Lawrence Wu, Jr
30+ years experience in food and beverage innovation at Starbucks, Brown-Forman, Campbell Soup, Kraft Foods, Bossa Nova Beverages, Iconoculture, and ConeTech
A Note from the Founder
Although I’m a scientist, with years of experience in spirits and food/beverage innovation companies, I’m also a whiskey lover, with reverence for the magical process of whiskey making — so I’m strongly opposed to the addition of anything to the product that nature didn’t provide. I’ve always rejected the application of “alien” treatments like heat or pressure to “accelerate” the aging process or to mimic its effects.
So I had long been challenged by questions like:
- Is there a NATURAL way to make better whiskey — and yet eliminate some of the known disadvantages of traditional methods?
- What exactly is in an “ideal” combination of alcohol and flavor molecules in a premium whiskey?
- Since some compounds are undoubtedly less desirable than others, might it be possible to “manage” the traditional process in a way that minimizes one and maximizes the other?
- Isn’t there something a little crazy about the conventional process of spending a fortune to create wonderful flavors by prolonged barrel aging — only to dilute those flavors in order to “bottle proof” the spirit?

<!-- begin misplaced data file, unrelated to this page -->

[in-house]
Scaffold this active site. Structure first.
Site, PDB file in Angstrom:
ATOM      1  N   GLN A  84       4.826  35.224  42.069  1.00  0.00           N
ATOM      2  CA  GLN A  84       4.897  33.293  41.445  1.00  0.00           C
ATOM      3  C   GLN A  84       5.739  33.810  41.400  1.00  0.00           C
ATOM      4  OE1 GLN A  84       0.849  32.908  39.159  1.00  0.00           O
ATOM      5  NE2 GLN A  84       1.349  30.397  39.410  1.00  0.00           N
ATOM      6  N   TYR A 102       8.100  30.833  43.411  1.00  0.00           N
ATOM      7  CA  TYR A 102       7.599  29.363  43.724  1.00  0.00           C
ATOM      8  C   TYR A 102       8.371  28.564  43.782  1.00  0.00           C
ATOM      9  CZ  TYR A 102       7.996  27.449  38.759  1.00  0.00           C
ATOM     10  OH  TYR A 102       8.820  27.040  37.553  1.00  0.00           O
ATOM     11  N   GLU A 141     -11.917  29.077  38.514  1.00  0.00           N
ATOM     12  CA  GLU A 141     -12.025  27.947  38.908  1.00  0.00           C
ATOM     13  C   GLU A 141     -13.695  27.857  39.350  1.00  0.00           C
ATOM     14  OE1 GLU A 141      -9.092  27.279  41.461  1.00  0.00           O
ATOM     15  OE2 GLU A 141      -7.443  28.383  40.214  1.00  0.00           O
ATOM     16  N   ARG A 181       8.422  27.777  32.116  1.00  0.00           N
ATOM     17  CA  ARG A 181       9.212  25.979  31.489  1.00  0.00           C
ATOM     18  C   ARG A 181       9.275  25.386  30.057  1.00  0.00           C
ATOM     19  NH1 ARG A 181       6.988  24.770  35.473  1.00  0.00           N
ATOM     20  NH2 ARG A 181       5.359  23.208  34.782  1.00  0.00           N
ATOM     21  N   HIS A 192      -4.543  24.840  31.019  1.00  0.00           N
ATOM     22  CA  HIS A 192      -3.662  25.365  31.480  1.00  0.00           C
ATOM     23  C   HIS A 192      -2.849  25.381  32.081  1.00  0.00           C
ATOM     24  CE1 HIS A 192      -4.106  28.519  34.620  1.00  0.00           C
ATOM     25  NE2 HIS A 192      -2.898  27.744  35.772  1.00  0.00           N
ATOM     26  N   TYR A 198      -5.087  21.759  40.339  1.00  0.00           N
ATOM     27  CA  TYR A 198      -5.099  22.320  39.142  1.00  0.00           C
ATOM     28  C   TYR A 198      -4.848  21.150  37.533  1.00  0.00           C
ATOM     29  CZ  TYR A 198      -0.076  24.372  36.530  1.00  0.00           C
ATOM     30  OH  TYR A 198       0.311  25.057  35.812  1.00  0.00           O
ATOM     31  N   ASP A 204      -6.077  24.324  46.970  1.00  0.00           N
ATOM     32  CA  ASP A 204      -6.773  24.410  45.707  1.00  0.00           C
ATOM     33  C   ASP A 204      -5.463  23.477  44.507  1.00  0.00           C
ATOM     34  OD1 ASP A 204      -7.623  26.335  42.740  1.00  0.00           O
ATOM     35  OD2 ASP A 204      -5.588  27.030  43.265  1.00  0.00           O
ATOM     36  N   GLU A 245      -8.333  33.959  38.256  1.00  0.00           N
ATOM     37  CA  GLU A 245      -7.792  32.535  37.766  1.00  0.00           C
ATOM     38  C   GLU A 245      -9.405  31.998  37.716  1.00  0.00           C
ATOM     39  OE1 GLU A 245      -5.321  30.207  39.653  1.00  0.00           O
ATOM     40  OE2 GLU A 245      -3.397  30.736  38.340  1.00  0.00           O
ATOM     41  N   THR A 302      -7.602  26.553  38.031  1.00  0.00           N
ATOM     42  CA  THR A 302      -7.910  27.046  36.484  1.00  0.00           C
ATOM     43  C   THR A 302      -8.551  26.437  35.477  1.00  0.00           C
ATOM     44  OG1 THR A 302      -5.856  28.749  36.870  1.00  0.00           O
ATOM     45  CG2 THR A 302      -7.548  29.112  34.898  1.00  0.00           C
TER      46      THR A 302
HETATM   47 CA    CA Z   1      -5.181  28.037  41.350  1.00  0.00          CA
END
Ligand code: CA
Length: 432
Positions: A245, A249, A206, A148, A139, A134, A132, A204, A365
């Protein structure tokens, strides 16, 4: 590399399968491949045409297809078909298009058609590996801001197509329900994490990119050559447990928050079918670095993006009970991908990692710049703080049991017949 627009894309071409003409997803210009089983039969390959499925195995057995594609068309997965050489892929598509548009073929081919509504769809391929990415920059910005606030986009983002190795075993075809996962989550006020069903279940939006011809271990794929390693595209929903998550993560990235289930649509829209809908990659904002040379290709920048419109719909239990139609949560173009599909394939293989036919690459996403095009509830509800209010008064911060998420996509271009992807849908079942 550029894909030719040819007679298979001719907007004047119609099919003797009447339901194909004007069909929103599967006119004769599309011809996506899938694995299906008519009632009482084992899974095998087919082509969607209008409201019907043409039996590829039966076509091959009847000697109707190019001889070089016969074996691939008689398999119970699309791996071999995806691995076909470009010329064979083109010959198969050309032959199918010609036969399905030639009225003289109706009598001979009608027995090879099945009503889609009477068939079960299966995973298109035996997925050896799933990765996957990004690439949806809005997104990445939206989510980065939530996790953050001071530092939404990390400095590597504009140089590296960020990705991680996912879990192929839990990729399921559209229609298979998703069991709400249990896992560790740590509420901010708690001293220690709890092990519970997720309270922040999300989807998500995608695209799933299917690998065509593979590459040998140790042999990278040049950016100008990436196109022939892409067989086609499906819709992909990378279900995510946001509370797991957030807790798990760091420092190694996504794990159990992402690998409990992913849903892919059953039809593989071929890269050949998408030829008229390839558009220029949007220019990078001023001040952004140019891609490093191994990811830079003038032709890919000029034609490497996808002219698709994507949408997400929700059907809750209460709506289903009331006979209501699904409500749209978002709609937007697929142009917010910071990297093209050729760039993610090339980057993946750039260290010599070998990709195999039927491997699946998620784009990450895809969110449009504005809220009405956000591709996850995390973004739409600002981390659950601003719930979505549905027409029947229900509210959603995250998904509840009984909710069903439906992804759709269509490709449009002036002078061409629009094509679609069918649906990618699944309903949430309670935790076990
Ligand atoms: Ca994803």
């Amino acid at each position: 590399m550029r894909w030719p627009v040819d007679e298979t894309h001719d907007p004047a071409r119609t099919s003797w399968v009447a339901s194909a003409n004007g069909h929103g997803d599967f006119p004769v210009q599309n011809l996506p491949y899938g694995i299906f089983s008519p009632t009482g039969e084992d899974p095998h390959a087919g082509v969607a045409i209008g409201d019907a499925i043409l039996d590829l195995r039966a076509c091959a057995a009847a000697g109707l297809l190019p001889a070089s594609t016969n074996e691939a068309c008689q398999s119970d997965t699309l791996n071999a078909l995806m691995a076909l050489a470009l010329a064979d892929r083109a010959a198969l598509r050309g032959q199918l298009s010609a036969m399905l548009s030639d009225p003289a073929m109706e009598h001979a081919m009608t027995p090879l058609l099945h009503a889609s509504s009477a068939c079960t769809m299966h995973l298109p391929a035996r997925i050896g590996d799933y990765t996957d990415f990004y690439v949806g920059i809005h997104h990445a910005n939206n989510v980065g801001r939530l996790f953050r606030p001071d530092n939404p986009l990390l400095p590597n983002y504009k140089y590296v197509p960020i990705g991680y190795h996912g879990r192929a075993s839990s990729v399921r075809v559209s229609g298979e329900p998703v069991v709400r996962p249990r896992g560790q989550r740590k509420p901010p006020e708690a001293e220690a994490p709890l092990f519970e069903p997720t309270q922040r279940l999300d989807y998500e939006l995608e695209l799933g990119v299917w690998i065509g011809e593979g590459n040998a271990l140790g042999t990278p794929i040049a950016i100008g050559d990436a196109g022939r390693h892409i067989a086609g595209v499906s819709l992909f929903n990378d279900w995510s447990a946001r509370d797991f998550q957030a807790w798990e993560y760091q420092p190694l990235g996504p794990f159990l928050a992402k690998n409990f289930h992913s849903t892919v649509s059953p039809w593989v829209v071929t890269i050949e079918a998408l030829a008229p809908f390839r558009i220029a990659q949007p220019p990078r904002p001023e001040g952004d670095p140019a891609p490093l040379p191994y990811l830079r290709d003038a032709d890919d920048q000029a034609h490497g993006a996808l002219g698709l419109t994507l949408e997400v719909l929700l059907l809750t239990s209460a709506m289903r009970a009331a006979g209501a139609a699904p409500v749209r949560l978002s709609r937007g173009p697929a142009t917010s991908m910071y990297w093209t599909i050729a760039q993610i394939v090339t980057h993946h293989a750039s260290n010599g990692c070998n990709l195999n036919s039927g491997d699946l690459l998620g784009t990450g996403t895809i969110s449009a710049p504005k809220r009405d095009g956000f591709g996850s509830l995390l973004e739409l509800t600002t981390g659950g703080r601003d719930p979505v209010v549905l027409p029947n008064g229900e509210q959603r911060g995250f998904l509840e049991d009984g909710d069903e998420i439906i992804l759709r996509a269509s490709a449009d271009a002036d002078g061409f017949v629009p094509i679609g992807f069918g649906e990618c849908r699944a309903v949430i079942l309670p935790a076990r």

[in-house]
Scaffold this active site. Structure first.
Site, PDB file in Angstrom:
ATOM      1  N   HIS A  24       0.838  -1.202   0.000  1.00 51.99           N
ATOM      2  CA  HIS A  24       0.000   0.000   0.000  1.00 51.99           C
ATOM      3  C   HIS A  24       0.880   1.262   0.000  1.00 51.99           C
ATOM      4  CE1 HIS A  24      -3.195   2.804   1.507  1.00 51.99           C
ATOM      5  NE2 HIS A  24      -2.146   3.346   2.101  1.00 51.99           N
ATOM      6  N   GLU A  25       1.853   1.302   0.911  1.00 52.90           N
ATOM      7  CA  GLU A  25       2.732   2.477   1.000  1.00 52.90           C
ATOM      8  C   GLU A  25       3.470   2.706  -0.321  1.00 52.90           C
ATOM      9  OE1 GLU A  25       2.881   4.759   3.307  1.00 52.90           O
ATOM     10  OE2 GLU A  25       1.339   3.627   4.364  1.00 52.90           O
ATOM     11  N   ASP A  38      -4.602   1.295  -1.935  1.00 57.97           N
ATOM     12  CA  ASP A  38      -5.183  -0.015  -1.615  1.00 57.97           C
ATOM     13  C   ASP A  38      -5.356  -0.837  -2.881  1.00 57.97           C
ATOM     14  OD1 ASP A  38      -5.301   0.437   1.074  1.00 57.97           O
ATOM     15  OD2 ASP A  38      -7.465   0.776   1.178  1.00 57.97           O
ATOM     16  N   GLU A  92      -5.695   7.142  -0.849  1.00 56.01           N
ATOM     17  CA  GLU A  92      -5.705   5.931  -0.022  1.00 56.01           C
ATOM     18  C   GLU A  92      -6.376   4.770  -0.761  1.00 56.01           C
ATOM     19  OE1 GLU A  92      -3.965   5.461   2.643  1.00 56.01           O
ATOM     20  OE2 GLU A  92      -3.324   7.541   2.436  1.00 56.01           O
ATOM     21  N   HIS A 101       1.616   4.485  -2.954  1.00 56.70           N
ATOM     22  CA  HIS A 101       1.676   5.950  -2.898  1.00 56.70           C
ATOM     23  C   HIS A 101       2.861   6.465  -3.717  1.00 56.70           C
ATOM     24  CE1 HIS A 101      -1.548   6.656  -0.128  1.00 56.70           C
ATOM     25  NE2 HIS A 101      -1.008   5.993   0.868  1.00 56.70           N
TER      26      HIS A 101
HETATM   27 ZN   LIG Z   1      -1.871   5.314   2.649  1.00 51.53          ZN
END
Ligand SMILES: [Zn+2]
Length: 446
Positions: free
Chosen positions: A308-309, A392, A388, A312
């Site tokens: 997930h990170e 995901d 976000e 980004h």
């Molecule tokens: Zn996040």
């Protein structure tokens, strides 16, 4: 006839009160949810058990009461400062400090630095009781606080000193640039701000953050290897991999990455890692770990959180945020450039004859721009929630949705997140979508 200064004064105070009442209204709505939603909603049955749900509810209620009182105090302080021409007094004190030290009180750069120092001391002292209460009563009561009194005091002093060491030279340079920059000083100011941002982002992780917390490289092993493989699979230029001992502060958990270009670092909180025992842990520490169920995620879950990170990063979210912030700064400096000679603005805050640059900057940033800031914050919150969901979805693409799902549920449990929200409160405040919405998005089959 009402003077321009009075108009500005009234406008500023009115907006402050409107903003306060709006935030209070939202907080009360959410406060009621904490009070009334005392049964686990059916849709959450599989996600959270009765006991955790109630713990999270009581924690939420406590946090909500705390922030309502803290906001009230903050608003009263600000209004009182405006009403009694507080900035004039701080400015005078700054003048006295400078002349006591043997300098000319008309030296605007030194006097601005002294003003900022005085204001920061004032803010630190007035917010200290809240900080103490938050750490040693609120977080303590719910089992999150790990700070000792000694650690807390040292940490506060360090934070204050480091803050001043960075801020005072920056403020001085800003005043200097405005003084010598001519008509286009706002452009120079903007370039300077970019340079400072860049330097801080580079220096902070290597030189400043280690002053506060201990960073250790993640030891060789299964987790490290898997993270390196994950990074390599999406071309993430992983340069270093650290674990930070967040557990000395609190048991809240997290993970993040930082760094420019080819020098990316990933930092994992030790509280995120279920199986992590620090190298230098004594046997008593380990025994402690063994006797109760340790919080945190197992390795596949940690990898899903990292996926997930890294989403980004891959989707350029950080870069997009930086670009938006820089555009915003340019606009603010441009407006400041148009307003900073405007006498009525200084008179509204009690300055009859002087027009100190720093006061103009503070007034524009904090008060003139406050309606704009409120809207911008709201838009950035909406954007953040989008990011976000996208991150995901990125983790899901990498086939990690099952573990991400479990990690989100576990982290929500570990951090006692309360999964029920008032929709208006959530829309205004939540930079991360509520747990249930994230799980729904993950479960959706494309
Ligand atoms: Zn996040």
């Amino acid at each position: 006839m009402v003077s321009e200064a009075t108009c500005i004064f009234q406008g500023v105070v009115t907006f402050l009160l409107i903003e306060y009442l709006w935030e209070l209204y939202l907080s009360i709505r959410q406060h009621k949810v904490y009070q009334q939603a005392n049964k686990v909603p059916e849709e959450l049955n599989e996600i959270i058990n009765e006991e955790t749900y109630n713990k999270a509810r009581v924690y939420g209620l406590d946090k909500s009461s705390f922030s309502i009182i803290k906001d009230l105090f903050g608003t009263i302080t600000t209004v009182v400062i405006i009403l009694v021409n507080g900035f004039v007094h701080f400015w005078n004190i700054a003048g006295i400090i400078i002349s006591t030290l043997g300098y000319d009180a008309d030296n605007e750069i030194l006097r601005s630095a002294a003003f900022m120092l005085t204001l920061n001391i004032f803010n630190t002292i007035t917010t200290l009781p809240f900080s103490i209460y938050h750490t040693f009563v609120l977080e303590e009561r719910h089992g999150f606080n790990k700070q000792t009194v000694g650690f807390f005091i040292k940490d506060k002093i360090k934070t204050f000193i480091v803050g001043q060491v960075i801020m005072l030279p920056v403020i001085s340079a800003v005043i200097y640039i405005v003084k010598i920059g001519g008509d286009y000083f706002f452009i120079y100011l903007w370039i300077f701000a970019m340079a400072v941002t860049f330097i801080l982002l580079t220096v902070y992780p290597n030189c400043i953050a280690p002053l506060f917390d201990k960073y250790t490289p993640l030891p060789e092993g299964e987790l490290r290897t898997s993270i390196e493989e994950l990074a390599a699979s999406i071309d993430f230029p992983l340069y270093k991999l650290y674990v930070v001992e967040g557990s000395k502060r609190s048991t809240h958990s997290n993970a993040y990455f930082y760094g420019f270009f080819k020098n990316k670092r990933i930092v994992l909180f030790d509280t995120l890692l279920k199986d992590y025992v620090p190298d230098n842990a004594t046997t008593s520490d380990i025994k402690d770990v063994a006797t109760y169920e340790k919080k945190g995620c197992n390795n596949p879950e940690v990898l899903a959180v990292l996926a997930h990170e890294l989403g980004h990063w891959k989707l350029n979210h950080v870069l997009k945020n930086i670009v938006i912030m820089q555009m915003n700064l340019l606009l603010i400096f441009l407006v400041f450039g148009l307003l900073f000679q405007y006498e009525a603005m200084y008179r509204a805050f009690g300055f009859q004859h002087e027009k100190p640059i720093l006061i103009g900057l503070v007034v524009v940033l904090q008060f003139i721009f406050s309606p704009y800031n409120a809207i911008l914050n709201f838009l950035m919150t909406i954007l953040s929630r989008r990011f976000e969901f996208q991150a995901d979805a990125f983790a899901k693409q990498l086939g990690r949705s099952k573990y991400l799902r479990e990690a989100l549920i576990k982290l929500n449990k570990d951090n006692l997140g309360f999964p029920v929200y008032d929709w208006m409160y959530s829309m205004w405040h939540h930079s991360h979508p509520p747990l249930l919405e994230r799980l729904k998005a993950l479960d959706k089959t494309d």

- Is there some natural way of “re-arranging” both alcohol and flavor molecules?
- Could “re-arrangement” of molecules also be a means of maximizing not only the flavor intensity of a spirit but also its smoothness?
Three years ago I teamed up with the innovation group at ConeTech, and using their remarkable technologies we discovered together that there ARE exciting answers to all the above questions.
The result is SpiriTech which we then founded to bring our discoveries to the world of spirits — starting with bourbon whiskey, but now extending in slightly different ways to other products where “molecular separation” can be of benefit.